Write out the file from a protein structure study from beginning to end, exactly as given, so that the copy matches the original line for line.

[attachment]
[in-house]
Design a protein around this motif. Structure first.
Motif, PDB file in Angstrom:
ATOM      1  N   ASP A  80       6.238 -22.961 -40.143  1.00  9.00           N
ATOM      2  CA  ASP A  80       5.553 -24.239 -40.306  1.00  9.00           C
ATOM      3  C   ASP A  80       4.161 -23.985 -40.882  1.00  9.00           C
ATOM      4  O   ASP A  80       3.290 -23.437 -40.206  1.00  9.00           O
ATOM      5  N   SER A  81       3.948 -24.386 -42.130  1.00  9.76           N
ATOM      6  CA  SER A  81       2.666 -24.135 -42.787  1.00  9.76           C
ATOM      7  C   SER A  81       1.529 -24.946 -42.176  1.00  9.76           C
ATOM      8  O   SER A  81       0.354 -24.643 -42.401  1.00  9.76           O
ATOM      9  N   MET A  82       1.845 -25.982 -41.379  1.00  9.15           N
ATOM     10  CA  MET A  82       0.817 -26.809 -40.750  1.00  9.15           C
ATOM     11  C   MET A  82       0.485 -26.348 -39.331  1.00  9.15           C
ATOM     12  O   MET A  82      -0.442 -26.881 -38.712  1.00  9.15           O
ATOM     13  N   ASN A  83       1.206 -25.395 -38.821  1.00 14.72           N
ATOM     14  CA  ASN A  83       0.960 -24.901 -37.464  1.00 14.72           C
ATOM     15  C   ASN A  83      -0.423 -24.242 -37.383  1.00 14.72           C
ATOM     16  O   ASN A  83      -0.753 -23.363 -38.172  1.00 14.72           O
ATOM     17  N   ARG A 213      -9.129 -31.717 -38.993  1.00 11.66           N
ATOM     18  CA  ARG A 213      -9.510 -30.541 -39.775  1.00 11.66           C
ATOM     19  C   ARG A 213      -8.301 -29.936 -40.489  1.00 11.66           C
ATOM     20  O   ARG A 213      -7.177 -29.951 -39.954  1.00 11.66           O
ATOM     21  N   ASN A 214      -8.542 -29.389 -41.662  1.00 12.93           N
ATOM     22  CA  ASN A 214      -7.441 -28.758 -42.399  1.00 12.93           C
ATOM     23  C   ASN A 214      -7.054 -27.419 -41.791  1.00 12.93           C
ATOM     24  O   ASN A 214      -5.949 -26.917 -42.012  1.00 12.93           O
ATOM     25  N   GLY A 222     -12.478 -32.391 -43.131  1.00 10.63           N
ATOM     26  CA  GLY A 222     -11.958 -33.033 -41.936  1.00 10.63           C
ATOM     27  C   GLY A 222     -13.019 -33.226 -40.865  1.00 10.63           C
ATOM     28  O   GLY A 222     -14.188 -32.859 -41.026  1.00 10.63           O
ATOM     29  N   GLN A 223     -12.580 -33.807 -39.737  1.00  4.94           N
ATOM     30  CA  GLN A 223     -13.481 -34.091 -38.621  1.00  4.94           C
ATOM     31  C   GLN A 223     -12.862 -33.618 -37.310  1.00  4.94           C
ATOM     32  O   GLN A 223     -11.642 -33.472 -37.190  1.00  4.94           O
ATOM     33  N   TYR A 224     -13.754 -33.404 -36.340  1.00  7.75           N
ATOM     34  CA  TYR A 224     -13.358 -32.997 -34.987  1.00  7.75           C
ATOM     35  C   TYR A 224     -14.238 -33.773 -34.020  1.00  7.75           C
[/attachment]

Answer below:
[in-house]
Design a protein around this motif. Structure first.
Motif, PDB file in Angstrom:
ATOM      1  N   ASP A  80       6.238 -22.961 -40.143  1.00  9.00           N
ATOM      2  CA  ASP A  80       5.553 -24.239 -40.306  1.00  9.00           C
ATOM      3  C   ASP A  80       4.161 -23.985 -40.882  1.00  9.00           C
ATOM      4  O   ASP A  80       3.290 -23.437 -40.206  1.00  9.00           O
ATOM      5  N   SER A  81       3.948 -24.386 -42.130  1.00  9.76           N
ATOM      6  CA  SER A  81       2.666 -24.135 -42.787  1.00  9.76           C
ATOM      7  C   SER A  81       1.529 -24.946 -42.176  1.00  9.76           C
ATOM      8  O   SER A  81       0.354 -24.643 -42.401  1.00  9.76           O
ATOM      9  N   MET A  82       1.845 -25.982 -41.379  1.00  9.15           N
ATOM     10  CA  MET A  82       0.817 -26.809 -40.750  1.00  9.15           C
ATOM     11  C   MET A  82       0.485 -26.348 -39.331  1.00  9.15           C
ATOM     12  O   MET A  82      -0.442 -26.881 -38.712  1.00  9.15           O
ATOM     13  N   ASN A  83       1.206 -25.395 -38.821  1.00 14.72           N
ATOM     14  CA  ASN A  83       0.960 -24.901 -37.464  1.00 14.72           C
ATOM     15  C   ASN A  83      -0.423 -24.242 -37.383  1.00 14.72           C
ATOM     16  O   ASN A  83      -0.753 -23.363 -38.172  1.00 14.72           O
ATOM     17  N   ARG A 213      -9.129 -31.717 -38.993  1.00 11.66           N
ATOM     18  CA  ARG A 213      -9.510 -30.541 -39.775  1.00 11.66           C
ATOM     19  C   ARG A 213      -8.301 -29.936 -40.489  1.00 11.66           C
ATOM     20  O   ARG A 213      -7.177 -29.951 -39.954  1.00 11.66           O
ATOM     21  N   ASN A 214      -8.542 -29.389 -41.662  1.00 12.93           N
ATOM     22  CA  ASN A 214      -7.441 -28.758 -42.399  1.00 12.93           C
ATOM     23  C   ASN A 214      -7.054 -27.419 -41.791  1.00 12.93           C
ATOM     24  O   ASN A 214      -5.949 -26.917 -42.012  1.00 12.93           O
ATOM     25  N   GLY A 222     -12.478 -32.391 -43.131  1.00 10.63           N
ATOM     26  CA  GLY A 222     -11.958 -33.033 -41.936  1.00 10.63           C
ATOM     27  C   GLY A 222     -13.019 -33.226 -40.865  1.00 10.63           C
ATOM     28  O   GLY A 222     -14.188 -32.859 -41.026  1.00 10.63           O
ATOM     29  N   GLN A 223     -12.580 -33.807 -39.737  1.00  4.94           N
ATOM     30  CA  GLN A 223     -13.481 -34.091 -38.621  1.00  4.94           C
ATOM     31  C   GLN A 223     -12.862 -33.618 -37.310  1.00  4.94           C
ATOM     32  O   GLN A 223     -11.642 -33.472 -37.190  1.00  4.94           O
ATOM     33  N   TYR A 224     -13.754 -33.404 -36.340  1.00  7.75           N
ATOM     34  CA  TYR A 224     -13.358 -32.997 -34.987  1.00  7.75           C
ATOM     35  C   TYR A 224     -14.238 -33.773 -34.020  1.00  7.75           C